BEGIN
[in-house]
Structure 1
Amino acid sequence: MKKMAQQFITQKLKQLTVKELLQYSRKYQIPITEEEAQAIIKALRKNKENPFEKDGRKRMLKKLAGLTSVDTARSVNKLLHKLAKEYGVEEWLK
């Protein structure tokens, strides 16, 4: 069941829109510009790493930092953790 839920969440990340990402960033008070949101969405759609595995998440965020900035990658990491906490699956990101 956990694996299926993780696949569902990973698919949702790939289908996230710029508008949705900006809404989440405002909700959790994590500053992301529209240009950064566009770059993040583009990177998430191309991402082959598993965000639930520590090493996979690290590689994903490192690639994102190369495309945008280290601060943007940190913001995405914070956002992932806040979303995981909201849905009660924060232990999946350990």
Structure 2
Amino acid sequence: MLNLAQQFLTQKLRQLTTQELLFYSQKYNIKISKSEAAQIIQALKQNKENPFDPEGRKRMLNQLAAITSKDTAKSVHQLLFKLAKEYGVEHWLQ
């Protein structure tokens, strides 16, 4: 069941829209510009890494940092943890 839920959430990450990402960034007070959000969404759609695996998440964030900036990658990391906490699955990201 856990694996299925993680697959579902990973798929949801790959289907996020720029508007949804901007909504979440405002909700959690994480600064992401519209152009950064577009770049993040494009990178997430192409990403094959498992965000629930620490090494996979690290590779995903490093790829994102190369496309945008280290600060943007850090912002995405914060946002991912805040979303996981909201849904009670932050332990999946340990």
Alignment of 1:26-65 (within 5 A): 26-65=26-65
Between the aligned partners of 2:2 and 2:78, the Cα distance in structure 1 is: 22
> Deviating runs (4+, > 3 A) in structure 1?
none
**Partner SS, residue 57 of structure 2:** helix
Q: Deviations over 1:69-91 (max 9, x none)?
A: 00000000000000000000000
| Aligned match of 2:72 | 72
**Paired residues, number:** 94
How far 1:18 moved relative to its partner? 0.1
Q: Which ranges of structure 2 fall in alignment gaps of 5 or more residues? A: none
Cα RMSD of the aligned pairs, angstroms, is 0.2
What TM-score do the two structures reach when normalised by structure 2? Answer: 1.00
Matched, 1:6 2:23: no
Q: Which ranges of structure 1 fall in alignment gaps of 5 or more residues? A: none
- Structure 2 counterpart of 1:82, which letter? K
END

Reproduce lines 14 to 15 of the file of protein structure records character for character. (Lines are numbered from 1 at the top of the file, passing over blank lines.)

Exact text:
A: 00000000000000000000000
| Aligned match of 2:72 | 72